The G-7 should listen to Trump or go away

President Trump traveled to Quebec Friday for the annual gabfest for the Group of Seven (G-7) industrialized nations – made up of the U.S., Britain, Canada, France, Germany, Italy and Japan – after saying he wants Russia readmitted to the group, turning it into the G-8 once again.

As he departed the White House, the president also promised to press the other G-7 leaders on their unfair trade practices – even as the French and Canadian leaders planned to ambush him over tariffs.

President Trump’s instinct to change the grouping is right. It was assembled in the mid-1970s in the wake of the disastrous “Nixon Shock,” which ushered in an era of financial chaos after the U.S. ditched the gold standard. The period also marked the turning point when America switched from trade surpluses to persistent trade deficits.

The original idea of the G-7 was to gather the leaders of rich capitalist countries who had the money and shared values to tackle finance-related problems. It also helped the leaders develop personal relationships that would come in handy during crises.

But since its creation and especially today, the G-7 has been too heavy on European nations, which make up the majority. This was compounded by giving the European Union (EU) a seat, which means at this summit four leaders of European governments will be supplemented by two EU poohbahs. Russia joined the group in 1997, but was suspended after it annexed Crimea four years ago.

Today many of the G-7 members would no longer make the cut for membership. Canada’s economy is smaller than some U.S. states. Italy is experiencing perennial financial chaos. U.S. authorities see Germany’s largest bank as “troubled,” and its political establishment is on its last gasp after subjecting Europe to stagnation and uncontrolled immigration. The EU itself is on a path of slow disintegration.

Clearly, this group isn’t going to be solving any problems for us. Instead, French President Emmanuel Macron and Canada’s leftwing Prime Minister Justin Trudeau are seeking to turn the G-7 into a venue to beat up on President Trump. They hate that he is taking steps to level the international playing field for U.S. businesses and preserve key strategic industries at home.  

Macron and Trudeau will sanctimoniously decry the supposed death of free trade at the hand of Trump. In reality, they are defending a managed trade system that holds the U.S. at a disadvantage.

All of the other G-7 countries have higher tariffs on the United States than we have on them.

For example, France and other EU countries levy a 10 percent tariff on imported U.S. cars, but we only charge a 2.5 percent levy on European imports.

Canada has tariffs of about 270 percent on U.S. dairy products, 70 percent on sausage, and 27 percent on beef, to name just a few.

These counties also have non-tariff barriers to free trade, which include massive Canadian subsidization of its lumber industry that puts American companies at a disadvantage.

It is not a surprise that Europe and Canada want to preserve a trading system that is stacked in their favor and has enabled them to build a huge trade surpluses with the United States.

Macron and Trudeau have promised a tantrum in Quebec over President Trump’s use of tariffs – including on steel and aluminum – which Trump is using as pressure for reform and to signal a different path.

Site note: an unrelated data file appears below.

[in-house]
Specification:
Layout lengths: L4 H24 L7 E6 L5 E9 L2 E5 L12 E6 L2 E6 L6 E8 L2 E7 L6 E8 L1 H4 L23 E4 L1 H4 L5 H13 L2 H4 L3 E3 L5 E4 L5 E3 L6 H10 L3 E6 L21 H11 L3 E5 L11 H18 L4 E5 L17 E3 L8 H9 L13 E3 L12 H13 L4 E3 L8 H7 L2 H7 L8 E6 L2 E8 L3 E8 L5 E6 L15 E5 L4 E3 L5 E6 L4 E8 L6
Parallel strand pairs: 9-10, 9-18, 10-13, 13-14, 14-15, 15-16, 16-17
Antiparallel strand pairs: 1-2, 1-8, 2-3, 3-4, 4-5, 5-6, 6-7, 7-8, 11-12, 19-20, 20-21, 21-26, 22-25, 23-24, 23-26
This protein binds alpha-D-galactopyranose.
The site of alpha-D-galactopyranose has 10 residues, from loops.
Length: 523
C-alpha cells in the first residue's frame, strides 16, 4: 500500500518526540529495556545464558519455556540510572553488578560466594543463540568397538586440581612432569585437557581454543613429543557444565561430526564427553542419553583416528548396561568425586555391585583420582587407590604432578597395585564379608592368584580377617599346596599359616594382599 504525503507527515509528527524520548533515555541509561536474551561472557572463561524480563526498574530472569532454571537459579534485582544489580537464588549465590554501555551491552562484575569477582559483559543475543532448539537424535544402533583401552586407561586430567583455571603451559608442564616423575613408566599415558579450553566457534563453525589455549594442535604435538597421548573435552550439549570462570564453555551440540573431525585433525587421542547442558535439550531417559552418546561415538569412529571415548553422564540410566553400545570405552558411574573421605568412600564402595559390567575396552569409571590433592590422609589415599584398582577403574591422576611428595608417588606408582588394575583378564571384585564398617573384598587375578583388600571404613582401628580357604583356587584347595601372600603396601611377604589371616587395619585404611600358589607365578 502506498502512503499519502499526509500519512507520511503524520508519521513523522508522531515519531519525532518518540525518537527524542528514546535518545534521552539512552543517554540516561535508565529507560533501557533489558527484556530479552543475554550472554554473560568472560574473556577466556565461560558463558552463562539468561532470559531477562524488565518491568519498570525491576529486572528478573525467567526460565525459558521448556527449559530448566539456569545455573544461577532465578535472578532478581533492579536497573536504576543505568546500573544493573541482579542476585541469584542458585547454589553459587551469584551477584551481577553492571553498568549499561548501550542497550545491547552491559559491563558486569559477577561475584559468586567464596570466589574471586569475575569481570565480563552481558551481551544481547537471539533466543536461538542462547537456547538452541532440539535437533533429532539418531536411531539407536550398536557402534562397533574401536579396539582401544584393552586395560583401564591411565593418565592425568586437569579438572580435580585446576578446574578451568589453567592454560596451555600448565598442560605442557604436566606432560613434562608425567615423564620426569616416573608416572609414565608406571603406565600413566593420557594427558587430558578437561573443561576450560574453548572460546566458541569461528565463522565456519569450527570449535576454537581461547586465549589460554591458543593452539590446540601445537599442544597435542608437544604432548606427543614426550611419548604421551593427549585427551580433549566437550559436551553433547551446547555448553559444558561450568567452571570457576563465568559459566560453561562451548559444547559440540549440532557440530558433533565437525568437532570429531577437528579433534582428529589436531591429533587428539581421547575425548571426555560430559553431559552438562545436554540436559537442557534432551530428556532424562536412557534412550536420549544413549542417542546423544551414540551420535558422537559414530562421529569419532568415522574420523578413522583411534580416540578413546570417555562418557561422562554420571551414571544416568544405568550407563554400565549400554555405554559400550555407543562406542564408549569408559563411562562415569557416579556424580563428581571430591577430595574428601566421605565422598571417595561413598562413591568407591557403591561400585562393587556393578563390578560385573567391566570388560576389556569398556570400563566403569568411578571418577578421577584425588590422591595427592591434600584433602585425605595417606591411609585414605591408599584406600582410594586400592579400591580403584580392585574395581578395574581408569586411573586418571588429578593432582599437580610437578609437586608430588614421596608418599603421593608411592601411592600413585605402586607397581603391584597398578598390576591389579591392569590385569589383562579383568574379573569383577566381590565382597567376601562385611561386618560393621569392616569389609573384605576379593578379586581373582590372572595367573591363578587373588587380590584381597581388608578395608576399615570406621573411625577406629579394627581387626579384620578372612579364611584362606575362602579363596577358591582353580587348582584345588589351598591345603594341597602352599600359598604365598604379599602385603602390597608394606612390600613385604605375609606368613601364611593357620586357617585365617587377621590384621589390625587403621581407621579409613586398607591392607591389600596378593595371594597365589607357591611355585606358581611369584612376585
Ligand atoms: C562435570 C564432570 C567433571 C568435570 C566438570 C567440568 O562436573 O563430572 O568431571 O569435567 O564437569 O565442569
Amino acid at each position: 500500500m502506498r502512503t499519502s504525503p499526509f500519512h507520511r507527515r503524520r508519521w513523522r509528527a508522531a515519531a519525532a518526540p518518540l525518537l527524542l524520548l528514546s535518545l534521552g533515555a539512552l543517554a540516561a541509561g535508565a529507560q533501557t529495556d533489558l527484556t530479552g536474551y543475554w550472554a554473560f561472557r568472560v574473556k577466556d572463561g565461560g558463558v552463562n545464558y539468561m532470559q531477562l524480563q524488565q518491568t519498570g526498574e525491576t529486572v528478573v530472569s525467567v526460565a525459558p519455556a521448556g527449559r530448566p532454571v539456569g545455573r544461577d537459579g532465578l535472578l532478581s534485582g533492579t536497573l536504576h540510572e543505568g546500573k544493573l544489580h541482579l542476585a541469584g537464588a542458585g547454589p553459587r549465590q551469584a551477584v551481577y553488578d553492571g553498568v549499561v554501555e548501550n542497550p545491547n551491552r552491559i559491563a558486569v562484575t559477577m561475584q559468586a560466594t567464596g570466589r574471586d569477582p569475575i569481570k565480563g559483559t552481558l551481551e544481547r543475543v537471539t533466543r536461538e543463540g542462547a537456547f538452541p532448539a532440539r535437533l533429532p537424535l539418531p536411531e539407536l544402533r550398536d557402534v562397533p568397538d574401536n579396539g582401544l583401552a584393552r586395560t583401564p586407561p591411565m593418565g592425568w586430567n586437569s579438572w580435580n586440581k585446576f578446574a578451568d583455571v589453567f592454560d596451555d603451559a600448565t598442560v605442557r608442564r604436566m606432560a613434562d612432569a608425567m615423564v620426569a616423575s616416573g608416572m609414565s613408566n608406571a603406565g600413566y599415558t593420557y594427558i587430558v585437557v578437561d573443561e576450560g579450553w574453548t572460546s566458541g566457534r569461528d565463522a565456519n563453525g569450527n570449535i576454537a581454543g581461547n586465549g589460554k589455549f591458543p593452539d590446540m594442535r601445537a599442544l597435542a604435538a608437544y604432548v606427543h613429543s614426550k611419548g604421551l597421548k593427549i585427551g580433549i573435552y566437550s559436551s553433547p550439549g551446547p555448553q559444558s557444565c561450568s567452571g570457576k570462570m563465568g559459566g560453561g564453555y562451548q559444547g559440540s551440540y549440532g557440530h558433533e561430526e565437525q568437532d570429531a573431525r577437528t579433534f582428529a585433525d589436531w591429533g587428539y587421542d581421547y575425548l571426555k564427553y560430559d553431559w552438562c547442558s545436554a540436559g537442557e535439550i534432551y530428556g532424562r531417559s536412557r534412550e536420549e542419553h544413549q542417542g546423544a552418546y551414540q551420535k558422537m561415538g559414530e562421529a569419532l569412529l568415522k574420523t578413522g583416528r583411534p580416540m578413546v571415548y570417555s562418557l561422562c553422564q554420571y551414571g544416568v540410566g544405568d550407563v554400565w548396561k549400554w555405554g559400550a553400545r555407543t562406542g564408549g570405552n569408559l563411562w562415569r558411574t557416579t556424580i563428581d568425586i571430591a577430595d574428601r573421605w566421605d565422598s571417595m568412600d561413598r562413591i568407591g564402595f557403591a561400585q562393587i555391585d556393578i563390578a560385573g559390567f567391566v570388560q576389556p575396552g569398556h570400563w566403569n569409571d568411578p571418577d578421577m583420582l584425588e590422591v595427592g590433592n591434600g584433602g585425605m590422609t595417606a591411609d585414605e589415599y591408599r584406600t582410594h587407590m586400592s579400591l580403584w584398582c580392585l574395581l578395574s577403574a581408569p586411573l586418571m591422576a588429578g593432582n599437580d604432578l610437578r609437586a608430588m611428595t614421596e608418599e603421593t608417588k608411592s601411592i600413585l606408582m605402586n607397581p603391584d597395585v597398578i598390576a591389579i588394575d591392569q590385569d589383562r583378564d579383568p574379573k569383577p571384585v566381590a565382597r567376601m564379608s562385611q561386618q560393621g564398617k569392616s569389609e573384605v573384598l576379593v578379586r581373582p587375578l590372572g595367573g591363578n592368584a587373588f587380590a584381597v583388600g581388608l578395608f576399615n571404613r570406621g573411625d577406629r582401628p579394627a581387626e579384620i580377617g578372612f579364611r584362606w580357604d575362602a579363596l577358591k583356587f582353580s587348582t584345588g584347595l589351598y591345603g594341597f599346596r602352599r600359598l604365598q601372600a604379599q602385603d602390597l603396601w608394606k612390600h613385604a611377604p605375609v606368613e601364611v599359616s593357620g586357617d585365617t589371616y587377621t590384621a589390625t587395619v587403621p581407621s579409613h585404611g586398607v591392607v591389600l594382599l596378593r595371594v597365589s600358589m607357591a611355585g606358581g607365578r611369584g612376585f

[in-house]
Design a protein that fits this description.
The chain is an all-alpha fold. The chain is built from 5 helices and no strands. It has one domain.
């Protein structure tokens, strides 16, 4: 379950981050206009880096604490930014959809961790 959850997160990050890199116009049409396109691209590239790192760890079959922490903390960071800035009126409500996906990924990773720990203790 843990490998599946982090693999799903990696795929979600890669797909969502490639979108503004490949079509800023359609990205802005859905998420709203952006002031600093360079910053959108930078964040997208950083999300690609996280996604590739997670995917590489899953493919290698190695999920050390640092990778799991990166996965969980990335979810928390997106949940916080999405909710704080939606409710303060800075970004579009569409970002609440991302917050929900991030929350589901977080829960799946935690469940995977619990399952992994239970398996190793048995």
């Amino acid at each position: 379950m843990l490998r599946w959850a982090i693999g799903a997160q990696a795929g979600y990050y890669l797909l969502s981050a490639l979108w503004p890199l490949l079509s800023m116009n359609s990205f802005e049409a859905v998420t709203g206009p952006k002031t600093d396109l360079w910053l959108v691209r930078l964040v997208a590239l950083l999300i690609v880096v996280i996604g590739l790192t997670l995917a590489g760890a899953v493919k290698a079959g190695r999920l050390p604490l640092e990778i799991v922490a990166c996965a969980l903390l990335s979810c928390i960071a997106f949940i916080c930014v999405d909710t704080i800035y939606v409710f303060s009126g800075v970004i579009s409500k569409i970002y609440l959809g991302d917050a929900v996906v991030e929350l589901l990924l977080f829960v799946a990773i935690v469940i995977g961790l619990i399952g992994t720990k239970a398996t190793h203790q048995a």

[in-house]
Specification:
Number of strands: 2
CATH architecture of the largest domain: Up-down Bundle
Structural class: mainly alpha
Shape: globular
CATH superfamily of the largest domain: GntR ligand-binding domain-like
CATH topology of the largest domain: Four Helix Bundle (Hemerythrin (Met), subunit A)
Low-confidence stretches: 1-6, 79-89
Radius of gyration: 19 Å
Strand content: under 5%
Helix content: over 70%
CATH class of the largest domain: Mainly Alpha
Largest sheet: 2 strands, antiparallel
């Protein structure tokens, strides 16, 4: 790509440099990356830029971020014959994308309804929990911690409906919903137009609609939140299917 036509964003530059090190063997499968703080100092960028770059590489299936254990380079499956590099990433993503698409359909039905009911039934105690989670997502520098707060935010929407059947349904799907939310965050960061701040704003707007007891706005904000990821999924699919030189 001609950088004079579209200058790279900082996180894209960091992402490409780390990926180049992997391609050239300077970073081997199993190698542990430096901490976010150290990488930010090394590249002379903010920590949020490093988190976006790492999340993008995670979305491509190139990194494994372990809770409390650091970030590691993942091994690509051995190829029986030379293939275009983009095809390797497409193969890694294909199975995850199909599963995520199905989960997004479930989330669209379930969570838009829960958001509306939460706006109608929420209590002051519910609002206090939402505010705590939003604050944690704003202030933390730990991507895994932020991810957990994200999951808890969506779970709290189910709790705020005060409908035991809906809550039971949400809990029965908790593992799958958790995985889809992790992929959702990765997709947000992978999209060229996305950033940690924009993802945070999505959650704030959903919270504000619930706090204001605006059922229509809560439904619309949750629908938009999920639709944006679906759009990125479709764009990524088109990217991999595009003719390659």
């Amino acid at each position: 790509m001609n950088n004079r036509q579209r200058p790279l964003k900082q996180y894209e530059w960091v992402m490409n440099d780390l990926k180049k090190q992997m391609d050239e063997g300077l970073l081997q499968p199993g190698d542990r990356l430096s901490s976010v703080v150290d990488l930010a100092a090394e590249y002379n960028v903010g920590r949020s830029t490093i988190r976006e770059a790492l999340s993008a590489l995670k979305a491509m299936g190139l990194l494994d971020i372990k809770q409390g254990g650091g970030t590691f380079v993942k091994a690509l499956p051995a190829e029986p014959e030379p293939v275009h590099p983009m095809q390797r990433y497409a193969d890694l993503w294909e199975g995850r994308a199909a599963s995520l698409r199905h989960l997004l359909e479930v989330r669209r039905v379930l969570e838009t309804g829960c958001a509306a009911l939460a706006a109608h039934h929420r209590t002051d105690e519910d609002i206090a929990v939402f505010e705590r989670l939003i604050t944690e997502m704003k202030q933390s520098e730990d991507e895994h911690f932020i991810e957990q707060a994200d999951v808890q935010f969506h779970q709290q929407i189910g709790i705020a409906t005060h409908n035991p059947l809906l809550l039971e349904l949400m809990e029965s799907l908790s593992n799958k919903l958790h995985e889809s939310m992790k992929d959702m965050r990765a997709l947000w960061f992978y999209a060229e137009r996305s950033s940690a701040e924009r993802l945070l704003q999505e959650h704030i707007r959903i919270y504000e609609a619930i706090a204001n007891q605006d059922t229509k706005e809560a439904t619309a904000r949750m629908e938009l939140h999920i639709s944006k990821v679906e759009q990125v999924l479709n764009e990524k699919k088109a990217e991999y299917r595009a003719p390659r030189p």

On Thursday night, Macron even threatened President Trump that the summit might end with a joint statement agreed only by six G-7 members to the exclusion of the United States. This threat must have sounded more ominous in French than it does in English.

A U.S. president rightly willing to walk away from an upcoming summit with North Korea’s dictator if warranted is not going to be deterred by the possibility of non-consensus on an irrelevant document that will be forgotten by next week.

Furthermore, if the greatest product of these expensive international confabs is a lowest-common-denominator joint statement – and it often is, despite the massive expense and year of preparation required for each G-7 – then we need to ask whether the G-7 makes sense anymore.

Indeed, a look at this G-7’s agenda after the beat-up session on America reveals the group’s limitations.

Thanks to the guidance of Canada’s leftwing government, for example, the leaders will devote great attention to climate change and gender equality.

Putting Russia back in the mix of members presumably would mean less progressive nonsense and more discussion of actual strategic issues.   

But the other G-7 members seem disinclined to search for common ground with Moscow. And why would they, since we effectively pay for their defense?  Never have these countries been richer than they are today, and – with the exception of Japan – never have they done less for our mutual defense and economic security.

A better path would be to recognize that the G-7 has outlived its purpose. An improved global financial grouping would involve the United States, Japan, India, Germany, Saudi Arabia and the United Arab Emirates – countries with real money and the will to tackle strategic issues in a capitalist framework.

The G-7 will mostly be missed by airlines, five-star hotels and other beneficiaries of diplo-tourism.

Christian Whiton was a senior advisor in the Donald Trump and George W. Bush administrations.  He is a senior fellow for strategy and public diplomacy at the Center for the National Interest and the author of “Smart Power: Between Diplomacy and War.”